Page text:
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Combined characterization using HT-GC × GC-FID and FT-ICR MS: A pyrolysis fuel oil case study

Djokic, Marko R., Muller, Hendrik, Ristic, Nenad D., Akhras, Abdul Rahman, Symoens, Steffen H., Marin, Guy B., Van Geem, Kevin M.
Fuel processing technology 2018 v.182 pp. 15-25
boiling, case studies, comprehensive two-dimensional gas chromatography, cracking, feedstocks, flame ionization, fractionation, fuel oils, mass spectrometry, petroleum, polycyclic aromatic hydrocarbons, pyrolysis, steam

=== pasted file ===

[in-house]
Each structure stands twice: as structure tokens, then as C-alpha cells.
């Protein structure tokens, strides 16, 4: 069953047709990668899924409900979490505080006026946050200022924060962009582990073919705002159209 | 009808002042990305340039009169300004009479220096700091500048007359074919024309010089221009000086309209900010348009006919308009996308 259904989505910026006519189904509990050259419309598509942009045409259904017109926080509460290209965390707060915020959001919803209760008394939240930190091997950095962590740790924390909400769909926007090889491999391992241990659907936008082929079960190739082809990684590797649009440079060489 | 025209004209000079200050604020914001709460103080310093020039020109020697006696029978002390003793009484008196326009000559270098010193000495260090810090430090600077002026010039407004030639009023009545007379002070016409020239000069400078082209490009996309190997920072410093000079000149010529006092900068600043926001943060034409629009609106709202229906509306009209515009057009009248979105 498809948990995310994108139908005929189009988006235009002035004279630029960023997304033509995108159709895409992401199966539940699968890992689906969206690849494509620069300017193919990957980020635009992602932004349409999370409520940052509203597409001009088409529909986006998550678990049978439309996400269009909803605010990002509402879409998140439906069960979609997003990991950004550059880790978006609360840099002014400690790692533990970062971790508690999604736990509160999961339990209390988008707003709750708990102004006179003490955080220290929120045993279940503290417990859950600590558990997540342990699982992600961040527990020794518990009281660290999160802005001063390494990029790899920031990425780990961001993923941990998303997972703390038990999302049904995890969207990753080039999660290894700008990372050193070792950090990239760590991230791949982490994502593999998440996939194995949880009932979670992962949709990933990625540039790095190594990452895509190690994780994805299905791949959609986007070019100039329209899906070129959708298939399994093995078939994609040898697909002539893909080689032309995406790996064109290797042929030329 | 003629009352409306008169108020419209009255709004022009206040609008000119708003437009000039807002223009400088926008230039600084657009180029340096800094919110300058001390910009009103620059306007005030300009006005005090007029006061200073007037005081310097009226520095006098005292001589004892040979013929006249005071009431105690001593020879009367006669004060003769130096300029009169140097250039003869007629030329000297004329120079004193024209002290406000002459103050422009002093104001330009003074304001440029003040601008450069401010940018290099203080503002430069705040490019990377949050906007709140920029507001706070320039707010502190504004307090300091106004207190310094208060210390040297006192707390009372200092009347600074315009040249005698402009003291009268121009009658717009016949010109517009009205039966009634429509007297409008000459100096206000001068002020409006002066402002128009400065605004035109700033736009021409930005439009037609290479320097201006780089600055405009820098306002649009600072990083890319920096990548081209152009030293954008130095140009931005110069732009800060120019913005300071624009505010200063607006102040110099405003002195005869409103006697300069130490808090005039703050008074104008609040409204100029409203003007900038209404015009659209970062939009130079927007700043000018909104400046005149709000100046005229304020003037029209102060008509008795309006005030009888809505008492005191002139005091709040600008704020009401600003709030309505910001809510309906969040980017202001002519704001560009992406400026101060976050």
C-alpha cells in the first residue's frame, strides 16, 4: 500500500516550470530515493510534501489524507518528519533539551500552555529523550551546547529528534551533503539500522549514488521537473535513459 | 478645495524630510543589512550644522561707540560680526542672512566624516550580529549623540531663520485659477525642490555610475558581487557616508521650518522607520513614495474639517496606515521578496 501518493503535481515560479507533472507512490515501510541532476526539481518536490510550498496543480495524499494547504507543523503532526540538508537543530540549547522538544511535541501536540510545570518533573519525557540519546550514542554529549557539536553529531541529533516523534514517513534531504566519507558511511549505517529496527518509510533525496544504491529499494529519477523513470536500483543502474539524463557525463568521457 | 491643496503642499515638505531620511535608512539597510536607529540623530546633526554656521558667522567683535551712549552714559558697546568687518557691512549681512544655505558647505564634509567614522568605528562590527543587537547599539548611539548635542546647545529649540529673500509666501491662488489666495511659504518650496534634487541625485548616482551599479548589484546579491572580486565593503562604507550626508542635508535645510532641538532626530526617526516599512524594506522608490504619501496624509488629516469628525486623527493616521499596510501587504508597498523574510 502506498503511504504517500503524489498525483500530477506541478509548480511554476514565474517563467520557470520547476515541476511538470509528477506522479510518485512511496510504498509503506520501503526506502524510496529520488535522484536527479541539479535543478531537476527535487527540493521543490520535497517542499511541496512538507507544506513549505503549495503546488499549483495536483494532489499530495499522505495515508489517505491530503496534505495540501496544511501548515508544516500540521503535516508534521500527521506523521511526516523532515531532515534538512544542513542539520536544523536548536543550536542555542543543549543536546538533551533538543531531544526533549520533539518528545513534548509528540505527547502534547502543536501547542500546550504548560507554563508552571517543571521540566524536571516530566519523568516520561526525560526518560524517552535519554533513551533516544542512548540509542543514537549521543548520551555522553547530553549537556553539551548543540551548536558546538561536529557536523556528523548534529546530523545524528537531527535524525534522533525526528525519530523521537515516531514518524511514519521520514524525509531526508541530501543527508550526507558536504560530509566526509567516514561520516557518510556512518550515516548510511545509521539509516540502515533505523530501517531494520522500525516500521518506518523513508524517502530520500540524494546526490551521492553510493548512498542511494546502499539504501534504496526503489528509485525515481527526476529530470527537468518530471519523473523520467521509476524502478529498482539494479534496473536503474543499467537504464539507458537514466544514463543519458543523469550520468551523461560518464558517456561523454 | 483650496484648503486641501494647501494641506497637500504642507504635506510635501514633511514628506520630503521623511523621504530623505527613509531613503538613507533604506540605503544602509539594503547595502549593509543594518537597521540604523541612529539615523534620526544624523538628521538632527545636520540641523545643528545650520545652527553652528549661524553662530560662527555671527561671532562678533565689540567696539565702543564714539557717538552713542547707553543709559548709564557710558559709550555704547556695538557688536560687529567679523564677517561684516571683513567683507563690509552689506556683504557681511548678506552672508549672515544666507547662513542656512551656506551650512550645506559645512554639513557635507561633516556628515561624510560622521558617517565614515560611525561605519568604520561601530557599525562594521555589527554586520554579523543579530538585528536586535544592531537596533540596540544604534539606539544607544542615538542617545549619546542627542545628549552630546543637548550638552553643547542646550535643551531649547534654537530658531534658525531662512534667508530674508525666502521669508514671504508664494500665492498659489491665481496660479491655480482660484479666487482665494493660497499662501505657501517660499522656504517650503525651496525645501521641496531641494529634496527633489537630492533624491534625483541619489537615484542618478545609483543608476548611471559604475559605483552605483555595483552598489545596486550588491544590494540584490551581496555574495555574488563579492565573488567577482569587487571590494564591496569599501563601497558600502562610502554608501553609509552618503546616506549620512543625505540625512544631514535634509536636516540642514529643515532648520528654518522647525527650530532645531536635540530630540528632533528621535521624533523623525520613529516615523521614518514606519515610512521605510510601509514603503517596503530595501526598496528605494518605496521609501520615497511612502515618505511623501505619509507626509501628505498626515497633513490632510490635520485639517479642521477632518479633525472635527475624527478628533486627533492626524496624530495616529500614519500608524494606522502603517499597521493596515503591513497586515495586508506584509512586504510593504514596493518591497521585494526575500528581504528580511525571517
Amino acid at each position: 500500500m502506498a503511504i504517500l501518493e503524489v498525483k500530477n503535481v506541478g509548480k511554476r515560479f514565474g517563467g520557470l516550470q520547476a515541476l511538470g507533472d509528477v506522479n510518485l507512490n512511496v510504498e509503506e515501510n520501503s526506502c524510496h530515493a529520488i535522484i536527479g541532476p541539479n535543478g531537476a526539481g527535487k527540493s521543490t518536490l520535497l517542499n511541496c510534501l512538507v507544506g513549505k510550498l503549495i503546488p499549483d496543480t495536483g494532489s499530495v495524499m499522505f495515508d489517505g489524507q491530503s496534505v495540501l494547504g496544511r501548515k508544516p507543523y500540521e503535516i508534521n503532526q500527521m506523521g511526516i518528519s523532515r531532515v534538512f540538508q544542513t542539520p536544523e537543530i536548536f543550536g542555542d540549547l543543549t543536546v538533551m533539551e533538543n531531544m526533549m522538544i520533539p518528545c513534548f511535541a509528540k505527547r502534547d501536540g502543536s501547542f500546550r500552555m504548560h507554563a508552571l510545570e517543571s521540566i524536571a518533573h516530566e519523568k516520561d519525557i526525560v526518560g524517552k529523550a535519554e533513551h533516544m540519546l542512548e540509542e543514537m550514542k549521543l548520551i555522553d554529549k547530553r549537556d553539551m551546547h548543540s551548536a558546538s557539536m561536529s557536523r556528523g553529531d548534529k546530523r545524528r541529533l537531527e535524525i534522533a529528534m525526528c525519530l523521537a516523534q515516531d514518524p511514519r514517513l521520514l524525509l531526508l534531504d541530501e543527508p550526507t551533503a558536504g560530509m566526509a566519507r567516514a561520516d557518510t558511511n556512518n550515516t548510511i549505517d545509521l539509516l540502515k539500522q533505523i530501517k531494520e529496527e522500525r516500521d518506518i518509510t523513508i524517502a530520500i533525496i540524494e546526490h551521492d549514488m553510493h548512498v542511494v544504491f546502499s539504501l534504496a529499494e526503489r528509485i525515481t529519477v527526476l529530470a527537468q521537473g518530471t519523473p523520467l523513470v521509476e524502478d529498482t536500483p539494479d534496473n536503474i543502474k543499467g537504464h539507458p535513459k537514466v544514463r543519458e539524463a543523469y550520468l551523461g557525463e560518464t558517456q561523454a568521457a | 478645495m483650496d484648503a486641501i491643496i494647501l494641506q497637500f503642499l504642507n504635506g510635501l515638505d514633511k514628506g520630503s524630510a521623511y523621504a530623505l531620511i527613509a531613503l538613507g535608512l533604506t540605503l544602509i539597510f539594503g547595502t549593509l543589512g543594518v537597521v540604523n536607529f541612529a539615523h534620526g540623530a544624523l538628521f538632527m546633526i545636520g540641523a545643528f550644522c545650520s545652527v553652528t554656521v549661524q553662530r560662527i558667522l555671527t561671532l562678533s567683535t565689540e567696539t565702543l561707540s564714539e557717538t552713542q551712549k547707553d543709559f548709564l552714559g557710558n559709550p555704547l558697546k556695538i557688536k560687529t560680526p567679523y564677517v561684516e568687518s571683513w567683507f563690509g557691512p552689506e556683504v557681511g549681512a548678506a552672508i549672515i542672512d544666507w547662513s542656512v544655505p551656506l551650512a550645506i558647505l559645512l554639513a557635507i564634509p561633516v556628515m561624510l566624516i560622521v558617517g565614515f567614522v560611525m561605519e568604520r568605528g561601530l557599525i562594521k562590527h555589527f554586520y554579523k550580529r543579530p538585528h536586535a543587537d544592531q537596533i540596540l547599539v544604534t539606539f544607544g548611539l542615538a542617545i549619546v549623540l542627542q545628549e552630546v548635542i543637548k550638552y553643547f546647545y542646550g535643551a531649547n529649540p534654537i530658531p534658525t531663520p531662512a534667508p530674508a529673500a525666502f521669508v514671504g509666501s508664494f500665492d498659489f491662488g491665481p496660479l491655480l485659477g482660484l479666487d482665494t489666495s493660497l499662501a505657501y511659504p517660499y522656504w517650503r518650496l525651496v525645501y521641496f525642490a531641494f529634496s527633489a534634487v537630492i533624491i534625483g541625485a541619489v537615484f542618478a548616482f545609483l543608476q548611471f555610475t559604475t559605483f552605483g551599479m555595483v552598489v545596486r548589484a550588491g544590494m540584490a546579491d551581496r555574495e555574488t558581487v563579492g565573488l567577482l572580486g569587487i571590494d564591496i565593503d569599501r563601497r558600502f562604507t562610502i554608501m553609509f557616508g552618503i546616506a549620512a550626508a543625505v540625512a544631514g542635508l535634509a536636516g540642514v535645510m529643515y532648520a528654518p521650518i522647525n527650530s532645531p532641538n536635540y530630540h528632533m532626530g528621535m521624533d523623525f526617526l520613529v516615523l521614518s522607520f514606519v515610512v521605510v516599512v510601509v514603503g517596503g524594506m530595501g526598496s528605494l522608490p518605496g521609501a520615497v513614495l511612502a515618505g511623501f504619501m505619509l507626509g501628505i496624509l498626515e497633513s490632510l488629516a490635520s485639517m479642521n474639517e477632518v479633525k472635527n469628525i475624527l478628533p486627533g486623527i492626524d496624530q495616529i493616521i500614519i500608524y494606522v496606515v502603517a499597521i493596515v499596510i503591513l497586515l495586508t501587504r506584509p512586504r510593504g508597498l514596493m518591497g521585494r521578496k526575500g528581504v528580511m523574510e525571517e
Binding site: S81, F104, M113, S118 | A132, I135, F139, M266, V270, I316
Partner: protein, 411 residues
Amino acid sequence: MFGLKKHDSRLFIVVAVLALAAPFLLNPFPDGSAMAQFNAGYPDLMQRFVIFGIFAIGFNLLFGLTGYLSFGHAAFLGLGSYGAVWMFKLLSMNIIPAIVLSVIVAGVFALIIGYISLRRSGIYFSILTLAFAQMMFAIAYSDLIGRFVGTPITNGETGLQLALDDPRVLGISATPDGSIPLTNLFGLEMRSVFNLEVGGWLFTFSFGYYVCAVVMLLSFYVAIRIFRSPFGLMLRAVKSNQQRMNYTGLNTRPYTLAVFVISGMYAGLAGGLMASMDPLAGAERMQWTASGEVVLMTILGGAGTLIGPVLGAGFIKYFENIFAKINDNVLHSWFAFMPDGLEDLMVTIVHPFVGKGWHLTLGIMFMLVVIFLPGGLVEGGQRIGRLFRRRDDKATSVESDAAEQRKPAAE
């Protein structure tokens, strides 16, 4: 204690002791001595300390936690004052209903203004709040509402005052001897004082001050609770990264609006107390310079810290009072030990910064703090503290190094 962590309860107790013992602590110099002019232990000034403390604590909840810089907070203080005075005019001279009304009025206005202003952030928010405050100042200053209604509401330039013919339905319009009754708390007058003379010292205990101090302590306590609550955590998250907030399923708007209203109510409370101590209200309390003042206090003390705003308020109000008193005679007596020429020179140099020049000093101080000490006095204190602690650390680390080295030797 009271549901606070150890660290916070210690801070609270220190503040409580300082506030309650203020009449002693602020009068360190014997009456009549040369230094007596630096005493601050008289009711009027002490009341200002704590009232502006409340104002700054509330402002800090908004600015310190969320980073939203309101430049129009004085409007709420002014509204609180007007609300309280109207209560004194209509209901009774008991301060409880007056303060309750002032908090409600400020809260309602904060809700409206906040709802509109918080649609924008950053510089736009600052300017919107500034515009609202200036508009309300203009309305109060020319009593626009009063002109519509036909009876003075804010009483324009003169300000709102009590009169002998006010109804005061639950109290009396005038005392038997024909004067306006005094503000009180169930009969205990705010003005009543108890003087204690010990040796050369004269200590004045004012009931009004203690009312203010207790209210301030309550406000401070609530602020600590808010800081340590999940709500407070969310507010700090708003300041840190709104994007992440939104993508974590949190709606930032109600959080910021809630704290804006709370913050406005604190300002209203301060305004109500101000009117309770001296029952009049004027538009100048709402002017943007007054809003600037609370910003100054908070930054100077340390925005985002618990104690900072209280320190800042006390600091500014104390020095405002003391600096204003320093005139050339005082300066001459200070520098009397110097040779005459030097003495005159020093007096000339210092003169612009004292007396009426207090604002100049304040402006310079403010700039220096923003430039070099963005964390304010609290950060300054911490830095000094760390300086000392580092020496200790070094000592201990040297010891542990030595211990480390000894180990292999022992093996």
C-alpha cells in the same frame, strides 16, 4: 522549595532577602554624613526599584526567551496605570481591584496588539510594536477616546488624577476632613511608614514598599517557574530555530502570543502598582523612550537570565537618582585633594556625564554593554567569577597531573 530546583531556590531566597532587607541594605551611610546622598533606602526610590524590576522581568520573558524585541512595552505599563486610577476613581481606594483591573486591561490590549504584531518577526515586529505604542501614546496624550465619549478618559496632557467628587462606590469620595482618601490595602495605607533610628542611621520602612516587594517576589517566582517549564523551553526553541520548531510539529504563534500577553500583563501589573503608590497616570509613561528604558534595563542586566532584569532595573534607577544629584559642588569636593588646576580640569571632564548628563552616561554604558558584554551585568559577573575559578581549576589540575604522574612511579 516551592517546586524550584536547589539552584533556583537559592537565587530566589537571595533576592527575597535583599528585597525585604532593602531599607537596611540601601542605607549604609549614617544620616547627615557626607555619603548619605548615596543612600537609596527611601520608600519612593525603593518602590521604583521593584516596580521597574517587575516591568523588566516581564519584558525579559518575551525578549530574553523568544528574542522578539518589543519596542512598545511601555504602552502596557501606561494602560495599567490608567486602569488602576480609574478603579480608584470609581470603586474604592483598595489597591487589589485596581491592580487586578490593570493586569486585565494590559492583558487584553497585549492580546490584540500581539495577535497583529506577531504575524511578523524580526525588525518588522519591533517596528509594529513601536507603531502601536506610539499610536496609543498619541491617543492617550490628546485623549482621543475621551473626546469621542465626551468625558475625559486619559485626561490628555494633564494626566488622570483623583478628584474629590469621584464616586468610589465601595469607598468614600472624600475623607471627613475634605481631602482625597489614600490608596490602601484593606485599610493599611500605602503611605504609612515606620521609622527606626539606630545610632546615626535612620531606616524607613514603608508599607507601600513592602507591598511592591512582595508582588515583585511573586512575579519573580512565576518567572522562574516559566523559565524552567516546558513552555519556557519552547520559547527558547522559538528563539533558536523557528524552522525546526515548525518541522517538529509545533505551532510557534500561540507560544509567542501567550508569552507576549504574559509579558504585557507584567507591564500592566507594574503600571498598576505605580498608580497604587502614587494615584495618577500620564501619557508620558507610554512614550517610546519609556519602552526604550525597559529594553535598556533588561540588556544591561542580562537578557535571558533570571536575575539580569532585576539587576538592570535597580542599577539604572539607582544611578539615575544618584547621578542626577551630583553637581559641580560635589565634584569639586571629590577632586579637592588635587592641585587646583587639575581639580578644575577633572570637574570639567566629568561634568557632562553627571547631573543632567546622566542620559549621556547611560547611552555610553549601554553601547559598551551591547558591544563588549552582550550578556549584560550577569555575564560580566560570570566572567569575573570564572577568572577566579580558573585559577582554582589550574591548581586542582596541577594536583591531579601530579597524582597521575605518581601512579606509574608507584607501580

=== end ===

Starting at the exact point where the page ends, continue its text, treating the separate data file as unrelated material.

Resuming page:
In this work the composition of a hydrotreated distilled crude oil fraction (HTAL-FEED) and its heaviest steam cracking product fraction, the so-called pyrolysis fuel oil (HTAL-PFO), have been characterized in detail using high-temperature comprehensive two-dimensional gas chromatography (HT-GC × GC) coupled to a flame ionization detector (FID) and Fourier Transform-Ion Cyclotron Resonance Mass Spectrometry (FT-ICR MS). Moreover, the HTAL-FEED and HTAL-PFO were characterized using elemental analysis and SARA fractionation to determine their bulk properties. Although the main compounds are saturates, the HTAL-FEED contains significant amounts of aromatic compounds, primarily mono- and di-aromatics but even up to penta-aromatics, which are responsible for the growth of large polycyclic aromatic hydrocarbons (PAH) formed during steam cracking that almost entirely make up the HTAL-PFO product. Quantitative results are obtained based on the HT-GC × GC-FID chromatograms and the use of well-chosen internal standards, allowing ~90 wt% of the feedstock and ~60 wt% of HTAL-PFO to be quantified. FT-ICR MS analyses confirmed the presence of molecules heavier than penta-aromatics in the HTAL-FEED, as well as the very heavy character of HTAL-PFO consisting of highly condensed aromatic molecules with up to 16 fused aromatic rings. The analytical methodology can be applied to other steam cracking products, providing a near-molecular level insight into conversion and coke formation precursors during steam cracking of wide boiling range hydrocarbons.